We cannot allow LIAT to fail

The Caribbean’s track record in the business of air transport has been abysmal.

Admittedly, some international experts have warned that even before takeoff, the airline industry appears destined on a course of unprofitability.

The region knows all too well the troubling story. In the English-speaking Caribbean, we have witnessed the rise, bumpy rides and eventual crash of Carib Express, Air Jamaica, REDjet, and Caribbean Star, just to name a few.

Two lone survivors, Caribbean Airlines and LIAT, linger on, but far from rising towards profitability they continue to soar in the red.

The complaints about LIAT’s failings from at least three regional governments – St Vincent and the Grenadines, Grenada and Dominica – are nothing new. They are merely grim reminders that we have been spinning top in mud, or perhaps in this case, the air, far too long.

Just ask across the Caribbean what LIAT stands for and you will more than likely hear “Leave Island Any Time” or “Late If At Tall”. The travelling public has almost resigned itself to inconsistent arrivals, late departures, flight cancellations, poor customer service and the occasional strikes.

But as declared last week by Vincentian Prime Minister Dr Ralph Gonsalves, a relentless champion of the beleaguered carrier and chairman of the shareholder governments, LIAT must do better.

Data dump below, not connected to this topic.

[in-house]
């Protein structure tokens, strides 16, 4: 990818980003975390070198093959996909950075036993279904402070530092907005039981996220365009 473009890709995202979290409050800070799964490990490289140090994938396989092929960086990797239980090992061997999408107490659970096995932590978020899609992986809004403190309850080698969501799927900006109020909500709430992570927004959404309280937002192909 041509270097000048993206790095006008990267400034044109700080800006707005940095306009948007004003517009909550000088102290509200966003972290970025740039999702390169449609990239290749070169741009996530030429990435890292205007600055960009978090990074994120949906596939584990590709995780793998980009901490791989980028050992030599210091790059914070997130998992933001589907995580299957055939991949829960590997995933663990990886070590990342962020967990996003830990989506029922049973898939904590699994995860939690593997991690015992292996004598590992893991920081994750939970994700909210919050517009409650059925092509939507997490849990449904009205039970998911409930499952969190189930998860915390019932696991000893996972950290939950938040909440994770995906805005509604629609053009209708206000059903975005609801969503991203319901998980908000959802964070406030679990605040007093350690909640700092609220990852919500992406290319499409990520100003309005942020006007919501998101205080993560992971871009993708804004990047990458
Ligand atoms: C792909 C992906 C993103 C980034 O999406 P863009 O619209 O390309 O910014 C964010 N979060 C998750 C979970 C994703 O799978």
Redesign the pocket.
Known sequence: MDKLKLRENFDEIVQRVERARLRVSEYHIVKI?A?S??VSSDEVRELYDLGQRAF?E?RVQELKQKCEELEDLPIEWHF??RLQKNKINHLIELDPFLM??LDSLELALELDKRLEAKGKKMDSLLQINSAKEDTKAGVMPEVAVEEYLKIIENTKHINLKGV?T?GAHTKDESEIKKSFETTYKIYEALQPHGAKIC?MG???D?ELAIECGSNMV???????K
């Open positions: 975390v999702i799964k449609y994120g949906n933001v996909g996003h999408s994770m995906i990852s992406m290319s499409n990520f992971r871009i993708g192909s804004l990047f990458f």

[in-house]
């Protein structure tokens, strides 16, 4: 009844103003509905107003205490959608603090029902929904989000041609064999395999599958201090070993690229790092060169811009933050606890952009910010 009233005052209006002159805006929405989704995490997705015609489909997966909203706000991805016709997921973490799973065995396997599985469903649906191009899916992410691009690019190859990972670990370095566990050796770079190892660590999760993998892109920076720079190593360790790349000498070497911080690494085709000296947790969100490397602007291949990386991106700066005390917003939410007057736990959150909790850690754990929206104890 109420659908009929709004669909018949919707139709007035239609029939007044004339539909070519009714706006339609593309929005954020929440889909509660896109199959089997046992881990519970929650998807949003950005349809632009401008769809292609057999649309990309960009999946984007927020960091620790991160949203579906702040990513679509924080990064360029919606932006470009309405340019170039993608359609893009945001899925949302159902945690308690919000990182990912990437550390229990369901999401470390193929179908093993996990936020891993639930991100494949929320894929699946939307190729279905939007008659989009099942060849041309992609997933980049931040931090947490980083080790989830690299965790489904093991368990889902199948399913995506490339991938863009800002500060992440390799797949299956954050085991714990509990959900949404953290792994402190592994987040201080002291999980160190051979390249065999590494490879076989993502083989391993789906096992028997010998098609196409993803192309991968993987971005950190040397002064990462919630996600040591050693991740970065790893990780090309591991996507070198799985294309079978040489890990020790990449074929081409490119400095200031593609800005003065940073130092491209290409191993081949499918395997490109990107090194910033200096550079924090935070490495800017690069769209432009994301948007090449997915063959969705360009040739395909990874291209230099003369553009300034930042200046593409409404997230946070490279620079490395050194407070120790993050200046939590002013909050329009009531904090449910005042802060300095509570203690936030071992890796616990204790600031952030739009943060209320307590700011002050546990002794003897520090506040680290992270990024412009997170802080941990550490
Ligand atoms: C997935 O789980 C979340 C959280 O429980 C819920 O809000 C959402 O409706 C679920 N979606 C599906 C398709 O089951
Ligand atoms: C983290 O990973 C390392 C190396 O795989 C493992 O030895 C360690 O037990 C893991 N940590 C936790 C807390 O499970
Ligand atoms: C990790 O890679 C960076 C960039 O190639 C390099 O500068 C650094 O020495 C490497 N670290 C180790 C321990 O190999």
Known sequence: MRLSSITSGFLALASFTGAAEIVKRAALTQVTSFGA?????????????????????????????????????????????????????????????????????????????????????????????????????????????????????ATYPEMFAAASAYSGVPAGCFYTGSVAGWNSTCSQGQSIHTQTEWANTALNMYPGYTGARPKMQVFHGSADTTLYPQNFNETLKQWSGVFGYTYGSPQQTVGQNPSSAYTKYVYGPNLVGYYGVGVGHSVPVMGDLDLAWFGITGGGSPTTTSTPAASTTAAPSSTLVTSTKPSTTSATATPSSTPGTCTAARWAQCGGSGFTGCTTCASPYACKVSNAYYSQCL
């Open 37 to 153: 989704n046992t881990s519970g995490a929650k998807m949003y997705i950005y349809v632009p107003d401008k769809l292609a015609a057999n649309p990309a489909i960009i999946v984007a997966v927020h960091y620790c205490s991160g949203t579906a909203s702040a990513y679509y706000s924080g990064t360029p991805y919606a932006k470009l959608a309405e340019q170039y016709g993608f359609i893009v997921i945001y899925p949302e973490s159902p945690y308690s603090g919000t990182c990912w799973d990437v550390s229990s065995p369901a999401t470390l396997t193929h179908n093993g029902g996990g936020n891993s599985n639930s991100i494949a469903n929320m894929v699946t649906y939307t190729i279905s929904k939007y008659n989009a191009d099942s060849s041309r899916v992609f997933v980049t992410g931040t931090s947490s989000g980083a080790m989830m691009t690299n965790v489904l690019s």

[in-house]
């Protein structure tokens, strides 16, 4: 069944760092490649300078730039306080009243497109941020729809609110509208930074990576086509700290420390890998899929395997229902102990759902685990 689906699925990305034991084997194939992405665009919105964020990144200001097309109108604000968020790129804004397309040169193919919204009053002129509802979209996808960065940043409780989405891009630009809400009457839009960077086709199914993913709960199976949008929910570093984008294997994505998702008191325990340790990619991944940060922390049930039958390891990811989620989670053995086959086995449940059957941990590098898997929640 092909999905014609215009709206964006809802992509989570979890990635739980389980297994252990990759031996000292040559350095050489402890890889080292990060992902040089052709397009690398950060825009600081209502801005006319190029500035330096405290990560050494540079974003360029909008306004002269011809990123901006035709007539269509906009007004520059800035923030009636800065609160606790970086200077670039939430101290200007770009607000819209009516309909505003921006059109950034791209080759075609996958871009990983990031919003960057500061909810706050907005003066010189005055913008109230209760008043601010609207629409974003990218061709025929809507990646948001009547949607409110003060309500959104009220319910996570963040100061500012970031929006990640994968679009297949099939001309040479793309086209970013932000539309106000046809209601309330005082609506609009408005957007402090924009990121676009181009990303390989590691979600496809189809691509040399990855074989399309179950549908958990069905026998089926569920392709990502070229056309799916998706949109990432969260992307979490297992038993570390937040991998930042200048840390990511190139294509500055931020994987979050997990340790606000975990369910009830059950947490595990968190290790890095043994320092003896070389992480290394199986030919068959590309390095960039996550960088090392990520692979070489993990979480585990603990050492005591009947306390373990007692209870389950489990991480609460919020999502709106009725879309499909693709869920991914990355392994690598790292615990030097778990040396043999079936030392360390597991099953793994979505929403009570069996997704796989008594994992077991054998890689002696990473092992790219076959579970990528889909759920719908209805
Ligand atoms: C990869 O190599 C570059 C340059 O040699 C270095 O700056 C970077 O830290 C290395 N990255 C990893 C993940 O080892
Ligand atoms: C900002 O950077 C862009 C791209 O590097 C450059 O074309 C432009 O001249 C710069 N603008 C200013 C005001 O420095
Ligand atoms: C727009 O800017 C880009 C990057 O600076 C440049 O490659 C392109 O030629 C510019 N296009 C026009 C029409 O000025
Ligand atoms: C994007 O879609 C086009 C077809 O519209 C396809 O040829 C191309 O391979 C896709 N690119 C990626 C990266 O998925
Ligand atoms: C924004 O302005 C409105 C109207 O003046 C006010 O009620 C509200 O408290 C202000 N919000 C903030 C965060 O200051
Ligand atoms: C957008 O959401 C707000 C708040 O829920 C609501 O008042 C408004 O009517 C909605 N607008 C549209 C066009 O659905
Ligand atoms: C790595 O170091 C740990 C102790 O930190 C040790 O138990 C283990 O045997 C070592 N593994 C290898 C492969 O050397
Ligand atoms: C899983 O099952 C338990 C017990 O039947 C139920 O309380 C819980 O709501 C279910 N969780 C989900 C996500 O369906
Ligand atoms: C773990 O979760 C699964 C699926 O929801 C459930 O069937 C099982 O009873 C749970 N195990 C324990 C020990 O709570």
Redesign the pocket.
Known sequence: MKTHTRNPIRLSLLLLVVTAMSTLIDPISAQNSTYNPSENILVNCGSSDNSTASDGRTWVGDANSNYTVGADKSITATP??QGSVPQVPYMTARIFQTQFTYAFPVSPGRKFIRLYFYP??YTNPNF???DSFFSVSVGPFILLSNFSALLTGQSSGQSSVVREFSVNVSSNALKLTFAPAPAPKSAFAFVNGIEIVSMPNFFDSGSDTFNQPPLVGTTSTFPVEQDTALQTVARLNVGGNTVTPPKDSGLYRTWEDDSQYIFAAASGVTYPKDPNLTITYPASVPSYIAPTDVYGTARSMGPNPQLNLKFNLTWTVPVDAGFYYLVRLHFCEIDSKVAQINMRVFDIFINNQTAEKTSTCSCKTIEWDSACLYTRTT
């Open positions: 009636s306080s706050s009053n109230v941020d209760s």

While there is no mistaking LIAT’s role as an essential service for this archipelago of islands for which tourism is the lifeblood of the economies, we cannot close our eyes to the fact that we remain grounded on the issues of efficiency, service and viability.

Still, the Caribbean needs a LIAT. Even the governments that have been full of criticism but empty on action heavily depend on the carrier. We wonder how they would fare if LIAT cut services to their destinations tomorrow. St Lucia and Grenada easily to come mind.

While arguments persist for the decades-old airline to be put in private hands, the bitter lessons left behind by REDjet and others should be a cautionary tale.

What is clear is that the island-hopping carrier, which was never really properly funded from inception, needs a clear investment plan in which all its beneficiaries put their money where their mouths are.

LIAT simply cannot continue to function as a regional ZR that Barbados, St Vincent and the Grenadines, Antigua and Barbuda and Dominica continue to fund.

Today, the St Lucian Prime Minister Allen Chastanet declared his hand, when he announced that his government had already started negotiations with other carriers to provide air service to Castries.

St Lucia unrealistically expects to continue to get LIAT flights, but is not prepared to put in a penny. Shameful. Time has shown us that when all have failed LIAT has remained. The St Lucian leader would do well to remember this.

We are not advocating investment at any cost. But the spasmodic cash injections by shareholder governments when LIAT comes a begging are not the remedy. Taxpayers across the region cannot afford that bitter medicine. Tough decisions must be made for this dying patient.

To survive, recover and even prosper, LIAT requires immediate surgery. The airline’s operations require radical change.